This article was initially rejected by BAR editor Hershel Shanks. The original manuscript recounted a walk three of us took outside the circular wall that encloses Khirbet Qeiyafa. On the walk were the senior author of the article (Yosef Garfinkel, the director of the excavation of Khirbet Qeiyafa); his codirector (Saar Ganor of the Israel Antiquities Authority); and the junior author of the article (Joseph Baruch Silver, a supporter of the excavation). According to the original submission, Joey (as he is known) “suddenly noticed in the southern part of the wall massive stones that stopped in a clear vertical edge, indicating an opening in the wall that had been blocked off with relatively small stones. ‘Another city gate!’ Joey yelled.”
In his letter of rejection, Hershel addressed the senior author: “Dear Yossi: I have your manuscript on the two gates at Qeiyafa … It looks like you are making Joey a coauthor as an expression of gratitude for his financial support of the excavation. We cannot get into that. Besides, it is just unbelievable that Joey would have noticed a gate in the wall that you and Saar failed to notice after you two had walked outside the walls of the site at least a million times. Even if it is true, we can’t publish something like that.”
“Dear Hershel,” I (Yossi) replied. “To notice a blocked gate is not so easy. It is a matter of how you look, where you stand, the light, the vegetation and so on. The fact is that Joey was the first to notice the second gate of Qeiyafa. He made a great contribution in this respect.”
Our (Yossi’s and Saar’s) first reaction to Joey’s identification of a “gate” was to dismiss it as an “amateur” discovery: It couldn’t be. We had already excavated a major city gate on the western side of the circular wall. Could there be another gate on the southern side of the wall? No city of this period in Israel had more than one gate.
A test excavation, however, confirmed that Joey’s identification was indeed correct. It was a city gate—a second one. And it turned out that this was thekey to identifying the ancient name of the site: Qeiyafa was Biblical Sha’arayim, Hebrew for “two gates” (Joshua 15:36; 1 Samuel 17:52; 1 Chronicles 4:31).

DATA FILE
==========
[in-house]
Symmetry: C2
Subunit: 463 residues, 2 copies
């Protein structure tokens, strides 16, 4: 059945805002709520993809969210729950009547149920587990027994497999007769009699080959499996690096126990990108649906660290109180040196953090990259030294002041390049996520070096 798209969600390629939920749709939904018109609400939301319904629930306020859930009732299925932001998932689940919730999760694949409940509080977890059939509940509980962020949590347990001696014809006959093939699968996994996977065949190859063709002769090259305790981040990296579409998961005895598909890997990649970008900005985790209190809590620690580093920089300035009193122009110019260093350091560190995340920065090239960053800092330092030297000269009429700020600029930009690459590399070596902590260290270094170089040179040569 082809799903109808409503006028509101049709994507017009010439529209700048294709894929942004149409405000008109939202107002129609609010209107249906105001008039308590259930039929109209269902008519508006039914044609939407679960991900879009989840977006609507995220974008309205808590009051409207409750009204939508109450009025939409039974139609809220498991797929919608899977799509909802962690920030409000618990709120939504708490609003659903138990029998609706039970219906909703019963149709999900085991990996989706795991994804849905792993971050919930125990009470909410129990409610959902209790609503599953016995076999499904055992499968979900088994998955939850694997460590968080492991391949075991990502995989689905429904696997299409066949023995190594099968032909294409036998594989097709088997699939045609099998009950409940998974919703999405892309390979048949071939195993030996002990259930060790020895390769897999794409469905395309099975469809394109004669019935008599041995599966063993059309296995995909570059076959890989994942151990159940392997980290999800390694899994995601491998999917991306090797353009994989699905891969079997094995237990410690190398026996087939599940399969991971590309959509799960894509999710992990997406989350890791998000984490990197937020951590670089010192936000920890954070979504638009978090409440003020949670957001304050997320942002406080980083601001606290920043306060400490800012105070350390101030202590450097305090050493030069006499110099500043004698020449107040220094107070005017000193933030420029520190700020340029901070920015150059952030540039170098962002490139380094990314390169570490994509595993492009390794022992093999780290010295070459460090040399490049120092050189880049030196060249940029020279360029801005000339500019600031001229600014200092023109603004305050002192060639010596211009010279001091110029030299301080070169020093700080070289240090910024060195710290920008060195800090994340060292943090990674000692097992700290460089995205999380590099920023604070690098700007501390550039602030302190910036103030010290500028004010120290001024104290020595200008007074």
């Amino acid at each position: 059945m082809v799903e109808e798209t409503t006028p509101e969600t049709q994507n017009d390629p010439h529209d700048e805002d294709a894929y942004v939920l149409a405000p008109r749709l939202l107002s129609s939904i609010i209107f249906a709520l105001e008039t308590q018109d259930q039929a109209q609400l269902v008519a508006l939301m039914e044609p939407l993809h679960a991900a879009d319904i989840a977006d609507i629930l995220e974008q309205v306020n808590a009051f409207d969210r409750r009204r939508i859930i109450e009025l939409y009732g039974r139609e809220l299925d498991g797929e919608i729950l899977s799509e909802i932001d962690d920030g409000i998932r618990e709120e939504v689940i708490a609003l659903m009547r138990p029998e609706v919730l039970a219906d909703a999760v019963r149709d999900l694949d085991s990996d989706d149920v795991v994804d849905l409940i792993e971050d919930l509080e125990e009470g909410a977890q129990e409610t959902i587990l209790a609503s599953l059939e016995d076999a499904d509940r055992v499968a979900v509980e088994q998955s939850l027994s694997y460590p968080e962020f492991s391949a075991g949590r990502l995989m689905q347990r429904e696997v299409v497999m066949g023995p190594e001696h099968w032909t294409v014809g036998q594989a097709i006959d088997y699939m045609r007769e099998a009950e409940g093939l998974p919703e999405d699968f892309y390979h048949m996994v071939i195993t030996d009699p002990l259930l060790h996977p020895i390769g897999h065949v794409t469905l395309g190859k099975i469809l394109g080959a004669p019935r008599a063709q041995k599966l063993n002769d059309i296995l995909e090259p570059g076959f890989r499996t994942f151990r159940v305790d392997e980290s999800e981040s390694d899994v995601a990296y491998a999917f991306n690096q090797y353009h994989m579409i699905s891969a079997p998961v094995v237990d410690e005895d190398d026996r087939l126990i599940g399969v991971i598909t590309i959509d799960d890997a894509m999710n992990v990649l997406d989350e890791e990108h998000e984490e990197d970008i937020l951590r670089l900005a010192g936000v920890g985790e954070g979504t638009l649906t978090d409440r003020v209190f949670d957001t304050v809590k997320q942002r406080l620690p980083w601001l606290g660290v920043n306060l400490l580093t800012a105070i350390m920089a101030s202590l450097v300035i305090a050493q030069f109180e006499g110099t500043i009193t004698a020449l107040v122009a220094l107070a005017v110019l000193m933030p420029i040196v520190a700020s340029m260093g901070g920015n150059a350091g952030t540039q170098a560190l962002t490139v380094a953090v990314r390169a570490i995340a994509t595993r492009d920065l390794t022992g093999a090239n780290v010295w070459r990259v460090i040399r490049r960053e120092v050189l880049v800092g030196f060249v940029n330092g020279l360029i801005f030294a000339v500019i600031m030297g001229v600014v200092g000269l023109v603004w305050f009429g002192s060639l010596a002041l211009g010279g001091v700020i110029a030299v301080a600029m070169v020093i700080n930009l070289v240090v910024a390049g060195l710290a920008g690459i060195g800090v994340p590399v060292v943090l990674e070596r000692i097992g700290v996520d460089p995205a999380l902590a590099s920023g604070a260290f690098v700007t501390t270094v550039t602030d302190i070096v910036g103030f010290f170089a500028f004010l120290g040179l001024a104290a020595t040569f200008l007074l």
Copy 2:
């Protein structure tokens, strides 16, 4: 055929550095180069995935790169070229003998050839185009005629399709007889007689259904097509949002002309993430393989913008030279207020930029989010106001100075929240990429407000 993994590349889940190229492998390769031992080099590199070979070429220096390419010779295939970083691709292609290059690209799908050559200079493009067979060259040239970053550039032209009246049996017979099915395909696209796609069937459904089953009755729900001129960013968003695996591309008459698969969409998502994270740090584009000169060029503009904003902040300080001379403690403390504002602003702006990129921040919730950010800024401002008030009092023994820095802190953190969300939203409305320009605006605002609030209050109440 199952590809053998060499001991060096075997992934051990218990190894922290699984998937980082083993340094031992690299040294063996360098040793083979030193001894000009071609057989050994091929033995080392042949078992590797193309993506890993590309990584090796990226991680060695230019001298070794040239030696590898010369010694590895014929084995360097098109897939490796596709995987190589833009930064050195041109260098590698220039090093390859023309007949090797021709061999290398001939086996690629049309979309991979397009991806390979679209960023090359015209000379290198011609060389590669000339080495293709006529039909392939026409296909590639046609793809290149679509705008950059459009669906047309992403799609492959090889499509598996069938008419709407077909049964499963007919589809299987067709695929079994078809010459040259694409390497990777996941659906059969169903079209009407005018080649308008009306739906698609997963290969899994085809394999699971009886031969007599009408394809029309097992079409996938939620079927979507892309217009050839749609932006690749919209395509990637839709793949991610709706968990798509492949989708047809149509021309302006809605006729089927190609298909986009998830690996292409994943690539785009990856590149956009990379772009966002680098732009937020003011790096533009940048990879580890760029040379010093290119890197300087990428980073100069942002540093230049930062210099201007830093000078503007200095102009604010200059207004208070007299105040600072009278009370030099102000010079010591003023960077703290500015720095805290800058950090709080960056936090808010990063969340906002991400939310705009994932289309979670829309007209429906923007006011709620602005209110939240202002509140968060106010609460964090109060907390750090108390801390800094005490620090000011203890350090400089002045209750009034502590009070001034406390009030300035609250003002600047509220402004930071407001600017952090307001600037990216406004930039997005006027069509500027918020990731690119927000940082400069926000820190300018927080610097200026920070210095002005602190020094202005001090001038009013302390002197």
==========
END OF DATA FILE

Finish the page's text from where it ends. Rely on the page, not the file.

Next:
Qeiyafa lies about 20 miles southwest of Jerusalem, on the summit of a hill on the northern border of the Elah Valley. This is a strategic location—on the main road from Philistia and the coastal plain to the hill country of Judah. Our excavation uncovered a city dated radiometrically (by carbon-14 tests on 27 olive pits) to Iron IIA (c. 1000 B.C.E.), the time of King David.1
Qeiyafa has been a thorn in the side of those scholars who claim that there are no historical memories in the Hebrew Bible from the 10th centuryB.C.E. Some time ago, for example, Yehuda Dagan of the Israel Antiquities Authority claimed that the entire Iron Age city, with its gates, casemate city wall and buildings, was built in the Late Persian/Early Hellenistic period, based on pottery sherds collected on the site’s surface some 20 years earlier.
In an article subtitled “An Unsensational Archaeological and Historical Interpretation,” Tel Aviv University archaeologists Israel Finkelstein and Alexander Fantalkin claimed that, although the city and the casemate city wall are from the Iron Age, the two gates, as they are seen today, are not.2
We will discuss the two gates and show that they were, indeed, an integral part of the city built in the time of King David.
The earlier discovered gate—in our Area B—on the western side of the city lies at the end of a road leading from the coastal plain. It is 35 feet wide on the outside and 42 feet deep into the city. The gate façade is recessed into the city wall by approximately1.5 feet from the line of the wall. This would make it easier to defend the wooden doors of the gate, the weakest points in the city’s fortifications. The gate has four inner chambers, two on each side. A drainage channel covered with flat stone slabs that are still in their original location was found on the left-hand side when entering the city.
The threshold of the gate consists of a huge single stone, 10 feet long and weighing roughly 8 tons. This massive monolith is quite unusual. A threshold of similar length and width at nearby Lachish was built from three individual stones, rather than one, as at Qeiyafa.
The southern gate—which Joey found in our Area C—lies at the end of a road leading from the Elah Valley on the south to Qeiyafa. (This gate is similar in plan and dimensions to the western gate.) An unhewn standing stone (massebah) or sacred pillara almost 3 feet high was found in the southwest chamber of this gate.